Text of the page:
• The whole witness of Jesus' life and death is to the unfathomable depths of God's forgiveness. English poet and artist William Blake cites the capacity of Jesus to forgive another, and to reenter vulnerably into the deepest relation with another, as the strongest evidence of his being God in the flesh.
    — Douglas V. Steere in Dimensions of Prayer
  • The practice of forgiveness is our most important contribution to the healing of the world.
    — Marianne Williamson in A Return to Love
  • Forgiveness seems to remain a theme waiting to be explored in depth in our present age. This deep and extensive kind of loving of enemies, while it has long roots in our tradition, seems to have become a theme of special urgency in our contemporary world.
    — Wendy Wright in The Rising
  • Forgiveness is a complex experience that changes an offended person's spiritual feelings, emotions, thoughts, actions, and self-confidence level. I believe learning to forgive the hurts and grudges of our life may be an important step for us to feel more hopeful and spiritually connected and less depressed. These changes improve our health and give us more energy to create a better life for ourselves. They allow our bodies to function in an optimal way.
    — Fred Luskin in Forgive for Good
  • Dr. Harold Bloomfield, author of Surviving the Loss of a Loved One, says, "Every day you don't forgive it's as if you are ingesting tiny bits of poison." This poison slowly robs us of our desired future. Whether we need forgiveness for ourselves or for others, it is imperative to give ourselves permission to participate in this sacred process.
    — Debbie Ford in Spiritual Divorce
  • It is hard to imagine a world without forgiveness. Without forgiveness life would be unbearable.
    Without forgiveness our lives are chained, forced to carry the sufferings of the past and repeat them with no release.
    — Jack Kornfield in The Art of Forgiveness, Lovingkindness, and Peace
  • The past is over:
    Forgiveness means giving up all hope of a better past.
    — Jack Kornfield in The Art of Forgiveness, Lovingkindness, and Peace
  • In the end, forgiveness simply means never putting another person out of our heart.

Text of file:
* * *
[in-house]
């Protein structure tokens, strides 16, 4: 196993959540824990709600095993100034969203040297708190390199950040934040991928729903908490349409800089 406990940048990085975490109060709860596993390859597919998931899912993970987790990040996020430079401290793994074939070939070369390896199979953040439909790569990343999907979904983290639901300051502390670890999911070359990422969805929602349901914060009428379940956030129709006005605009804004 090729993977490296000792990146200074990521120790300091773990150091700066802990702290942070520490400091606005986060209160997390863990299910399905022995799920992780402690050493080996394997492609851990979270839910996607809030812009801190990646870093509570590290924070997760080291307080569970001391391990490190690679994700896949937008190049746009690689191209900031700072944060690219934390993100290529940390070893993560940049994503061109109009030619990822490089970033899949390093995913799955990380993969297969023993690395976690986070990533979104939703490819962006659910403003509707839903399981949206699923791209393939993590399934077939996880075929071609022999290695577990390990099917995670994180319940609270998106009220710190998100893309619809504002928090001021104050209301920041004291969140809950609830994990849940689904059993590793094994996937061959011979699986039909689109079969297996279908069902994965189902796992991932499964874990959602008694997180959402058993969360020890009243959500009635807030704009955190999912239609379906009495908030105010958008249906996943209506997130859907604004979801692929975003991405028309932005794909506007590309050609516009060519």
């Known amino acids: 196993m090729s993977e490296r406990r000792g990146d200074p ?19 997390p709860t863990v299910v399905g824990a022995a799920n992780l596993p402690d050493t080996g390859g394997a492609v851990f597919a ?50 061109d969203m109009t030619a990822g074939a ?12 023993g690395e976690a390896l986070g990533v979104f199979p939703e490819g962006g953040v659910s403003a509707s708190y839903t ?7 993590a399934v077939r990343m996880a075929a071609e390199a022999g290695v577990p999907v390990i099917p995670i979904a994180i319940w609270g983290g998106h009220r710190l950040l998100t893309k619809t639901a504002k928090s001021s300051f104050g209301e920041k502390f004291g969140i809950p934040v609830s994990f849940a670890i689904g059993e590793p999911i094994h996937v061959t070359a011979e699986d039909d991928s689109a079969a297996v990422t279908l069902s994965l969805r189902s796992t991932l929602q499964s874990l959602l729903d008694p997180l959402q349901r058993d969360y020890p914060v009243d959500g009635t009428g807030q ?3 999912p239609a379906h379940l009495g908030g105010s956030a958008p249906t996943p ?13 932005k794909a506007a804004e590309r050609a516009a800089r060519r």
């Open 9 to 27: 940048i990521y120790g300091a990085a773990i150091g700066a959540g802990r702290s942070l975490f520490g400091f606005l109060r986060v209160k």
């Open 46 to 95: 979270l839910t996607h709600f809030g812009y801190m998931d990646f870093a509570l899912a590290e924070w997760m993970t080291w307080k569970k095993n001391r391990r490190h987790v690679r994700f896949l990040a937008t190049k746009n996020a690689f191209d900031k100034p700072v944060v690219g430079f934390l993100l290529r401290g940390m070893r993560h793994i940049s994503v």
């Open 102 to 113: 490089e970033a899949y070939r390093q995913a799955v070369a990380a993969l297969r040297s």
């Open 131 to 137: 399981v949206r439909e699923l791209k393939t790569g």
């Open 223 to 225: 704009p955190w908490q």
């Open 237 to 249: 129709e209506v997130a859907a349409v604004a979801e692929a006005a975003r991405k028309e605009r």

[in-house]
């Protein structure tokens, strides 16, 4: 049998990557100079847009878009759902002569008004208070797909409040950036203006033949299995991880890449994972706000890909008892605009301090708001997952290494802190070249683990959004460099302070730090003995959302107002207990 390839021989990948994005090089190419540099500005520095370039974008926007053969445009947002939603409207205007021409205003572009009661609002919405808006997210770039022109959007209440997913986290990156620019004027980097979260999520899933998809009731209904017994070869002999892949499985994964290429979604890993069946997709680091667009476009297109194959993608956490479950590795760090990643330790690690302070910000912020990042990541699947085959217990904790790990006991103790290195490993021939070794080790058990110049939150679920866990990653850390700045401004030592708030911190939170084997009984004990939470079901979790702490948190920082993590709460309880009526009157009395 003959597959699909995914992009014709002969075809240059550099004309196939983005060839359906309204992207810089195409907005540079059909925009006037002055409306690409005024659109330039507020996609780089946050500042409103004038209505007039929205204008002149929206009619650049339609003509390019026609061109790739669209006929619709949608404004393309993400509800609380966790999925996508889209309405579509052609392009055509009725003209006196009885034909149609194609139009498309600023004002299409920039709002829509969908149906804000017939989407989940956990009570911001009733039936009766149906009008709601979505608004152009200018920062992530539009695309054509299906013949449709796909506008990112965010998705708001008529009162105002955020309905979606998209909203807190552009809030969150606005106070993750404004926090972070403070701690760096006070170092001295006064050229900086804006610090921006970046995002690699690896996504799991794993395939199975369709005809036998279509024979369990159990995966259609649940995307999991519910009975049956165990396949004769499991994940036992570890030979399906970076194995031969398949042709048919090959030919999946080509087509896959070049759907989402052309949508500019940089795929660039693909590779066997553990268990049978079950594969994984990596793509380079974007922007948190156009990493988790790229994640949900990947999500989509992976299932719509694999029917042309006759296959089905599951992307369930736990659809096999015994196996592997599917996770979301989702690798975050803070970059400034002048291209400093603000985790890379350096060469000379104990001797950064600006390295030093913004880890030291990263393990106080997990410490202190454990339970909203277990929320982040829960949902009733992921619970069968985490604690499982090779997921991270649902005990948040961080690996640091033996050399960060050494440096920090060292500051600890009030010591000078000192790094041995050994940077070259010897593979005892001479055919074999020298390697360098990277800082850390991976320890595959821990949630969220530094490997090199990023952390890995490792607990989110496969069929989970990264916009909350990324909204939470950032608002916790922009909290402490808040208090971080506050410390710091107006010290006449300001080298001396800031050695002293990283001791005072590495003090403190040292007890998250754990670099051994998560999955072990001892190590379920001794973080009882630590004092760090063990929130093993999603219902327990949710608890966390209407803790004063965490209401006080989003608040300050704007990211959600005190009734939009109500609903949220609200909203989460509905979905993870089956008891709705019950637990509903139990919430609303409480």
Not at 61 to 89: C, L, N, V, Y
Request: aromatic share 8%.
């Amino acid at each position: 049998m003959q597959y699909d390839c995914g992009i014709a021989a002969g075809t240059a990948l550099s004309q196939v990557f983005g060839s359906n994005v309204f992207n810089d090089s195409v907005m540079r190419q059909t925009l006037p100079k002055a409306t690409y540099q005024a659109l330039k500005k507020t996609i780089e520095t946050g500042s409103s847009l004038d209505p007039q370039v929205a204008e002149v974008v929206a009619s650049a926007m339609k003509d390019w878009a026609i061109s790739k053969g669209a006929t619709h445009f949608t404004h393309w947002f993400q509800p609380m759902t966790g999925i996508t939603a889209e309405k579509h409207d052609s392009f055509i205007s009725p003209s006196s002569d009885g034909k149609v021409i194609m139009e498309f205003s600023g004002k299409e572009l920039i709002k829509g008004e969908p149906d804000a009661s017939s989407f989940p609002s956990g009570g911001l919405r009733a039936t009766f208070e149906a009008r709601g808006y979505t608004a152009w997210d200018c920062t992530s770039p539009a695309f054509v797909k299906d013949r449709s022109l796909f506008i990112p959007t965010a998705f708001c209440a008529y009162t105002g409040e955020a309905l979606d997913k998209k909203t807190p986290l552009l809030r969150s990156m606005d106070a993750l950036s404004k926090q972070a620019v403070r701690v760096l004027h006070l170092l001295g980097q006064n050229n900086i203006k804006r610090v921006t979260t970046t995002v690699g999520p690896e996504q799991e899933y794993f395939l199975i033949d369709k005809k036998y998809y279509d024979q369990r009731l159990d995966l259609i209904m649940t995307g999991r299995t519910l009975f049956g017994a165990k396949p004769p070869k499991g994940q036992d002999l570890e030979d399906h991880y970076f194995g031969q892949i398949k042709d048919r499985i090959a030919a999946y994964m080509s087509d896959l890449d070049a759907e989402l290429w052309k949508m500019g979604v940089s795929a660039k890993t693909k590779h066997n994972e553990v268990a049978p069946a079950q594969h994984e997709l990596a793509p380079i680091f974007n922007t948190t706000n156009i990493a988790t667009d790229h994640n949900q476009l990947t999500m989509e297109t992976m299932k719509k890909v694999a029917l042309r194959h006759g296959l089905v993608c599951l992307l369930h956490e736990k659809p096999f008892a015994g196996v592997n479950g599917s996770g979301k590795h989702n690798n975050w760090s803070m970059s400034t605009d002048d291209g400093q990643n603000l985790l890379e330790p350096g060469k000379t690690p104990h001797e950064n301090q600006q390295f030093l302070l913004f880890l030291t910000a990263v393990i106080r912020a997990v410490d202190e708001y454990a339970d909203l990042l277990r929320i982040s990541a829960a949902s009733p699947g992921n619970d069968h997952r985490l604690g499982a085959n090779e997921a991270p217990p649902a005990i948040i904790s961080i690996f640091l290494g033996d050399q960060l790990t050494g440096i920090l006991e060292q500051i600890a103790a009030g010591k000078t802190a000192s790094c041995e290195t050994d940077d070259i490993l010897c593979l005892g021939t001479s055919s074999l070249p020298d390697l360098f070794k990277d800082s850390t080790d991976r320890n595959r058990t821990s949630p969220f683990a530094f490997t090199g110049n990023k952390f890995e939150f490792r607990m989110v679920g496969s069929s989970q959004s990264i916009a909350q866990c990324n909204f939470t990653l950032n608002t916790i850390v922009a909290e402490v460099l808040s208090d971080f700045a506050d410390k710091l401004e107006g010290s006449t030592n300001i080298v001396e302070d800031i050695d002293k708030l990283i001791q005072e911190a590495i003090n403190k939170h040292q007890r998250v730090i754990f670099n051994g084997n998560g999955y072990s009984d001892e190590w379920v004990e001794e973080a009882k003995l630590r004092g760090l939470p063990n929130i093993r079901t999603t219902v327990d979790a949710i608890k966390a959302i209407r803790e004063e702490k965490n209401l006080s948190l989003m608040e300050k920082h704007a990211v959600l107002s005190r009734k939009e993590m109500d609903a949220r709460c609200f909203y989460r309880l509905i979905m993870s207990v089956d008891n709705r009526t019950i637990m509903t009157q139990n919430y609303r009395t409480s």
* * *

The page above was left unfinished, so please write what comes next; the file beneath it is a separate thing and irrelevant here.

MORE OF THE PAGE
— Jack Kornfield in The Art of Forgiveness, Lovingkindness, and Peace
  • Genuine forgiveness has three stages. The first is simply acknowledging how unwilling we are to forgive the other. . . :. The second stage is bringing awareness to the emotional reactivity toward the person we resent: to experience it without judgment, to see it with an open mind. . . :. The third stage of a forgiveness practice is to say words of forgiveness.
    — Ezra Bayda in At Home in the Muddy Water
  • Why is it so difficult to apologize? Because to articulate an earnest and thoughtful apology we need to win a struggle with our own pride. Thinking that apologies put us in a position of weakness, we often wait for others to apologize first. When we bring ourselves to apologize, however, we discover how cathartic it is.
    — P. M. Forni in Choosing Civility
  • While riding in an elevator, ask to be forgiven for an unkind act you did that day.
    — Joanne Redmond in Say A Little Prayer
  • Forgiveness is a passage to a sanctuary of wholeness, that nurturing place where we feel intimately connected to the people who matter most to us. It is a place of healing and transformation. In it, we feel the perfect fullness of the present.
    — Ira Byock in The Four Things That Matter Most
  • When somebody you've wronged forgives you, you're spared the dull and self-diminishing throb of a guilty conscience.
    When you forgive somebody who has wronged you, you're spared the dismal corrosion of bitterness and wounded pride.
    For both parties, forgiveness means the freedom to be at peace inside their own skins and to be glad in each other's presence.
    — Frederick Buechner in Beyond Words